A Letter to Future Me: Remember How Much You Loved Them
Dear Me 20 Years From Now,
I wonder if you've become one of those women who briefly lingers around, a safe distance behind, young moms carting their babies and toddlers through the grocery store with that far-off look in your eyes. If you gently smile at the mom when she looks up and catches your glance, obviously frazzled by how challenging taking 2 kids grocery shopping is, as if to tell her it's going to be okay. If you look at her and miss that time, want so badly to trade 5 minutes of the independence you have now that your kids are much older so that you can rest a toddler's head on your shoulder, or buckle a baby in their car seat, mindful not to pinch any belly chub in the harness.
I have a feeling that you might be, and there are some things I want you to know, some things I'm willing you to remember.
I want you to remember that they were the hardest thing you'd ever done. They challenged you, and they kept you up at night. They pushed your buttons, and they were never, ever quiet... unless they were in trouble. I want you to remember that you loved them the hardest you've ever loved anything, from day one, and every day after that.
I want you to know that you were completely overwhelmed nearly all the time. The thought of taking them anywhere by yourself made you want to hide in bed all day. You were overwhelmed by the responsibility. You had NO clue what you were doing. You were overwhelmed by how much they trusted you and how much they needed you. You were overwhelmed by how much you needed and loved them.
I want you to remember how it felt to lay side by side next to your 4-year-old before he drifted off to sleep. How you talked face to face, nose to nose, about his day. How you told him you were excited to see how much he would grow by the morning, and how in the morning you'd lay in bed next to him and stretch his arms and legs out, exclaiming, "LOOK HOW MUCH YOU GREW LAST NIGHT!" How that put the biggest smile on his face.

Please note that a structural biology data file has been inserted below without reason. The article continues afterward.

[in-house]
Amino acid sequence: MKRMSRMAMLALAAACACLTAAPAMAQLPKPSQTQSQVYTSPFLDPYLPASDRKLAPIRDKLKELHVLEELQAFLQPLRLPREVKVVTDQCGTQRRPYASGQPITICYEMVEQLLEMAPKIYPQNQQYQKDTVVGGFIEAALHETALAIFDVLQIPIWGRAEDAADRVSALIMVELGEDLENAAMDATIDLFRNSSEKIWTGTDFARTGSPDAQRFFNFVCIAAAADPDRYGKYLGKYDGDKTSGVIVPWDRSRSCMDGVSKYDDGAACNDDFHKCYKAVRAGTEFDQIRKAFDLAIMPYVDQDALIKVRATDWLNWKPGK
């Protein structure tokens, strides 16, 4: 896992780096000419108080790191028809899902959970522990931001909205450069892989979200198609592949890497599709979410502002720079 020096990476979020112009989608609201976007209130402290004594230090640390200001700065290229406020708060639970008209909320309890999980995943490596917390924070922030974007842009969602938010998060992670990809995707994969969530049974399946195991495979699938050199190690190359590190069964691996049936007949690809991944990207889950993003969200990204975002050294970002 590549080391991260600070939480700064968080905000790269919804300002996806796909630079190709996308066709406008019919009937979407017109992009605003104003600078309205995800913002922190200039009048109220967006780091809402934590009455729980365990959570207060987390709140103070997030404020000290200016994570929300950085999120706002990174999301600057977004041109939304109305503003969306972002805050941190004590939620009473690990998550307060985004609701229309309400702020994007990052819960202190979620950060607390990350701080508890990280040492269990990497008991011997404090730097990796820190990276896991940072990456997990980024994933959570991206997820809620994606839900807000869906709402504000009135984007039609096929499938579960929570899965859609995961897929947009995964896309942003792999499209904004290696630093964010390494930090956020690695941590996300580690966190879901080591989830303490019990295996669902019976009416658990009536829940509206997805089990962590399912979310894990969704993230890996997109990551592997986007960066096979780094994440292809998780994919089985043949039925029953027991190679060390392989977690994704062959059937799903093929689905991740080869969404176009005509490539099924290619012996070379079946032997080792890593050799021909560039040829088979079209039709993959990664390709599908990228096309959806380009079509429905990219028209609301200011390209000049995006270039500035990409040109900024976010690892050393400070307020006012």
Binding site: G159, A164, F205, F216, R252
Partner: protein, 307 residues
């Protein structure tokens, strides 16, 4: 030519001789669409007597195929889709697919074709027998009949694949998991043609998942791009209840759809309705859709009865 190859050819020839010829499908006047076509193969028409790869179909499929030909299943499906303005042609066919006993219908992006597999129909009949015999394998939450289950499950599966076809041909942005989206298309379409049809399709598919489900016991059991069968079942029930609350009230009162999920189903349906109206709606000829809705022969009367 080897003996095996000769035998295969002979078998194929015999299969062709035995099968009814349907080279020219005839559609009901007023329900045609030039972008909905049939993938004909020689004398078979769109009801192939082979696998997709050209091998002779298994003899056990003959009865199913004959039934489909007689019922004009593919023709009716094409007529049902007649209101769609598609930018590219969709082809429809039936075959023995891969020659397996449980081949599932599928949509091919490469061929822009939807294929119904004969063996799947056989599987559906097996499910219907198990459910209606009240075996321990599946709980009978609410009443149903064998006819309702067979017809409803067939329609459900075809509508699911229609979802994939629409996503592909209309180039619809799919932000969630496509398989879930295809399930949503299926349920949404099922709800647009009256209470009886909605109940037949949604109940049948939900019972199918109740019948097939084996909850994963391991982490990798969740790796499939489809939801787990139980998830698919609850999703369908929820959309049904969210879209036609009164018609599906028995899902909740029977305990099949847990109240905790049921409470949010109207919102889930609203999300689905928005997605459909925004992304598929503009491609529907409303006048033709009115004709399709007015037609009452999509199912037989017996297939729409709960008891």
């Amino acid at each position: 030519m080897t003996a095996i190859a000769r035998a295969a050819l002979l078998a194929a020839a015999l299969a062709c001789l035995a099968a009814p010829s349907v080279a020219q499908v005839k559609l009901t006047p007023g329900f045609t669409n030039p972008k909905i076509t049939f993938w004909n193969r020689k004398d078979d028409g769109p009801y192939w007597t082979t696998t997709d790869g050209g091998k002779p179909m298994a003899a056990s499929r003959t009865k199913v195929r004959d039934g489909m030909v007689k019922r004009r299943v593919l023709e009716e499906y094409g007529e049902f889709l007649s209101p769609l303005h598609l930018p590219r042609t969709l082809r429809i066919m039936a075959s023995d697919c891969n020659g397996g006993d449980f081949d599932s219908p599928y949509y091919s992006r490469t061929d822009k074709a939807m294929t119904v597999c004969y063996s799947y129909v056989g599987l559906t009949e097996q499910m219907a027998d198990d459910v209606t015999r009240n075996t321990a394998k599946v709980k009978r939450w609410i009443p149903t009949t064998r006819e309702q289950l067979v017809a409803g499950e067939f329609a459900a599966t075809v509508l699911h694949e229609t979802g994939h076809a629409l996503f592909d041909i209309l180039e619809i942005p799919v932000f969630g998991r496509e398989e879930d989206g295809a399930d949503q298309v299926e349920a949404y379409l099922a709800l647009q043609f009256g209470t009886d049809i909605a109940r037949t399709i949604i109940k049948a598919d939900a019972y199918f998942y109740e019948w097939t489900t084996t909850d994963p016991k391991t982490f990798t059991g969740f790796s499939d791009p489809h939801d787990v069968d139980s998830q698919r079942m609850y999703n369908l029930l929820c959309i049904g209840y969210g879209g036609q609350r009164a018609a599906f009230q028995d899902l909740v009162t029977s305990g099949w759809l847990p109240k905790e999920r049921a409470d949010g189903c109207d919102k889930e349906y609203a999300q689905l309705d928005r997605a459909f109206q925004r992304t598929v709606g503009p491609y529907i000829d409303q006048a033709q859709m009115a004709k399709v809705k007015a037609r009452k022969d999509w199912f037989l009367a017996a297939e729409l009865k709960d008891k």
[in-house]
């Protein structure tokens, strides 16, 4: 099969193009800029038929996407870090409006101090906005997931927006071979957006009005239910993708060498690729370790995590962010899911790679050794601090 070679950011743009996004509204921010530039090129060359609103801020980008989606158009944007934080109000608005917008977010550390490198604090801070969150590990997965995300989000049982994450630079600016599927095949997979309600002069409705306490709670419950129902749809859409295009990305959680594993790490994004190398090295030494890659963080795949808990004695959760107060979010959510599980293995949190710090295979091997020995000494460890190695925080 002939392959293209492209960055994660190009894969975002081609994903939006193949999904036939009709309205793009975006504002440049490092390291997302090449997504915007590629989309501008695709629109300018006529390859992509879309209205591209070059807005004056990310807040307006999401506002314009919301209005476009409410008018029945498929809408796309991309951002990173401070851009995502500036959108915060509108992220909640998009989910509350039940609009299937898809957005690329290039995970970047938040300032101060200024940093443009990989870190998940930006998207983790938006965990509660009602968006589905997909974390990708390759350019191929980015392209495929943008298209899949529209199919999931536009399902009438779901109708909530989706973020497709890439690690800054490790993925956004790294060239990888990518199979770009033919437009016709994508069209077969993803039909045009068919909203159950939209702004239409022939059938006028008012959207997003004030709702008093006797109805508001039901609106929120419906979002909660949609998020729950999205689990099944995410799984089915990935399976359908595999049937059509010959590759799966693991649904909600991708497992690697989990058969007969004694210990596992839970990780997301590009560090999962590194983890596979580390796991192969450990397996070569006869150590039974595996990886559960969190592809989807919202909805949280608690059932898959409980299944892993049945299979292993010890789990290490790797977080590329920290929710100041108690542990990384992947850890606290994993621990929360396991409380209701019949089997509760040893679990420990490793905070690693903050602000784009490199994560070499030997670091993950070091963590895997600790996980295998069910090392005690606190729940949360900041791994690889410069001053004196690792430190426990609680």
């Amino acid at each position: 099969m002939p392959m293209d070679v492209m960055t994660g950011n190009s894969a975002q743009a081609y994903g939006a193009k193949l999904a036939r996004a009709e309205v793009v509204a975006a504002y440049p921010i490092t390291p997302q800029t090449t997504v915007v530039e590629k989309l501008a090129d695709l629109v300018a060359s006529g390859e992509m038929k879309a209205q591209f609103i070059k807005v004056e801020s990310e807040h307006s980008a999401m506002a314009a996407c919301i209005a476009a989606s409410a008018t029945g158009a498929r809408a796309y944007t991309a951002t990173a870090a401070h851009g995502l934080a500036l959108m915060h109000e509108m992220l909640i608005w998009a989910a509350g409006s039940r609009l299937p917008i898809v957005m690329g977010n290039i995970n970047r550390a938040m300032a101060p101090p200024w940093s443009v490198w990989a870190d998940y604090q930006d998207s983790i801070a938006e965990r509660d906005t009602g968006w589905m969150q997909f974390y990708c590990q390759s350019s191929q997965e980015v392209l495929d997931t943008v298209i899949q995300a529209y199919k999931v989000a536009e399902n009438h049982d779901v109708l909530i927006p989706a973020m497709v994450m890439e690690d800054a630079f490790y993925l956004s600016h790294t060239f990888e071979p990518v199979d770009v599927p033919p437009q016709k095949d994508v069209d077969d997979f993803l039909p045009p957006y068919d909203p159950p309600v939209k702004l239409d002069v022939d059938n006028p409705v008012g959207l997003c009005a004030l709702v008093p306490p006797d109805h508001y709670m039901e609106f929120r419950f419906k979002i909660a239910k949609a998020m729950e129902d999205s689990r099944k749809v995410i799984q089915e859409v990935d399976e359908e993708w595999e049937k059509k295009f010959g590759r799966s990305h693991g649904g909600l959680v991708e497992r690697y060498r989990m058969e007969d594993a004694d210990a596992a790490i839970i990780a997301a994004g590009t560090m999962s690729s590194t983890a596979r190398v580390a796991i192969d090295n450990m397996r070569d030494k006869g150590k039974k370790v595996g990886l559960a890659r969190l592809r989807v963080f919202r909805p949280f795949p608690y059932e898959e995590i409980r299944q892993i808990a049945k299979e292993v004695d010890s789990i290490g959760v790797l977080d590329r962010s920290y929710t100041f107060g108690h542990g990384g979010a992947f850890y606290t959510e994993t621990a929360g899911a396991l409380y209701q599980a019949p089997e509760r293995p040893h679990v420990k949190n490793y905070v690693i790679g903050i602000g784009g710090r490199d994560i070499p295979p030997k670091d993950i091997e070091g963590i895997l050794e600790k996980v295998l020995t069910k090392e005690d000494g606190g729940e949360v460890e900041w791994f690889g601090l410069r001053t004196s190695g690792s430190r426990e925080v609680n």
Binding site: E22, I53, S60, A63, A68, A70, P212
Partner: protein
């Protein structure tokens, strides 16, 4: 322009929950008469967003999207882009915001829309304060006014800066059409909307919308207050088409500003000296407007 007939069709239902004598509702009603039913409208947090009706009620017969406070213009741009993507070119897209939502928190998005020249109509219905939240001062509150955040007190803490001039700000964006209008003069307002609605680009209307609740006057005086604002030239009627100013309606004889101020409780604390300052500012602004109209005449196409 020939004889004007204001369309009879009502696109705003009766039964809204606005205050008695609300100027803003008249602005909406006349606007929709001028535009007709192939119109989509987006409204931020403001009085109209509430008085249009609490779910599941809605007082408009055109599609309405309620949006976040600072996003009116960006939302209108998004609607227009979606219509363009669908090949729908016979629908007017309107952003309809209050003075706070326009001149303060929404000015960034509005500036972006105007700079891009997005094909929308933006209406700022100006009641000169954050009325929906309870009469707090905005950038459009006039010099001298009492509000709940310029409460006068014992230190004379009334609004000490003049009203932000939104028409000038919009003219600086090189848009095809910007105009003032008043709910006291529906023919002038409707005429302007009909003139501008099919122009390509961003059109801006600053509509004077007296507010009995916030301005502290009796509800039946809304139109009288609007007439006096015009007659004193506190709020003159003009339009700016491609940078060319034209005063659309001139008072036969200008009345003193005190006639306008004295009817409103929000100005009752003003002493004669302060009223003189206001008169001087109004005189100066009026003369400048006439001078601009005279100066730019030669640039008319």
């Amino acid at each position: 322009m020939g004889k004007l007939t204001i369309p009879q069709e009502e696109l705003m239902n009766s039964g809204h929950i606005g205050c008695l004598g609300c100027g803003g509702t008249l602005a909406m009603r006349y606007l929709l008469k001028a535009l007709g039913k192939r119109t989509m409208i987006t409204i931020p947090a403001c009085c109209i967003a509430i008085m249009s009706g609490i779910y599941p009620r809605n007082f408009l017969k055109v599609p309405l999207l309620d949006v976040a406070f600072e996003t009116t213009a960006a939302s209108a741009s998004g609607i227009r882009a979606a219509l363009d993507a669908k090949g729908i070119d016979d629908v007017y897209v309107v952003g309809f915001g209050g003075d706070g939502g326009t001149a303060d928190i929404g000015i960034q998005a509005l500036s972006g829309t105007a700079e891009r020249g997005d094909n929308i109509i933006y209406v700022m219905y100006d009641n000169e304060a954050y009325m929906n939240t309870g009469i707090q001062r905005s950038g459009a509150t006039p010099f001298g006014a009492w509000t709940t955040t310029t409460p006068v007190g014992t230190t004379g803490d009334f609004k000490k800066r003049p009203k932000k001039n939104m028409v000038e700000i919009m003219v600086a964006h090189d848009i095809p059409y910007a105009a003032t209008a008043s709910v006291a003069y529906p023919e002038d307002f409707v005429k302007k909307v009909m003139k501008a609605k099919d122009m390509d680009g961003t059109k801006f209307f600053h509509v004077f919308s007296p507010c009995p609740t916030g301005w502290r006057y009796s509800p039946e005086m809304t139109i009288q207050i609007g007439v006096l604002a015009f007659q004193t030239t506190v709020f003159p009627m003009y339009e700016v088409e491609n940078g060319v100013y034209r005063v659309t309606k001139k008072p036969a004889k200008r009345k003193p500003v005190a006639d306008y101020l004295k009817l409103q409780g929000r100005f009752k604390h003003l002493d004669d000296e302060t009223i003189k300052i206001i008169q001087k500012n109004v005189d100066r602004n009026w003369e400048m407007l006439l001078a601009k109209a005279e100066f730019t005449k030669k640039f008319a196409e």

I want you to remember what it felt like to hold your 18-month-old on your lap, wrapping your arms around her and laying them on her bulging tummy. How the back of her head and the handful of baby curls at the nape of her neck felt and smelled when you rested your head atop hers.
I want you to know that you were acutely aware of how fast they were growing. Even though many days would pass in the blink of an eye, there would always be a moment when your world would snap to a halt, and you would look at them while they were doing something mundane and normal, and you would be painfully conscious that they were no longer the size they were last week, and that they would never be the size they are at that moment again.
I want you to know that you went to bed every night with one simple wish for the next day. To just do better.
Even though you were tired and challenged, exasperated and overwhelmed, you knew then that you would miss these days... most of them, at least. It was a truth that was hard to live with, and most of the time you ignored it because there was nothing you could do about the passing of time. If you spent your days mourning the ones that had gone by, you'd miss out on the days you were living in.
You knew you were on a light rail, moving at speeds you couldn't comprehend. You had no control over the ride that brought you to where you are today, but believe me when I say you searched so very hard to find the emergency brake.
Please know, please remember that you tried to savor that time. Be at peace, knowing you spent late afternoons curled up with them on the couch, that sometimes you just sat and watched them move and run, that occasionally you took inventory of all the things they'd learned in the last week, and that you appreciated your time with them the best you knew how. Know that despite your very best efforts, there was no way to freeze time.
I promise you, you tried.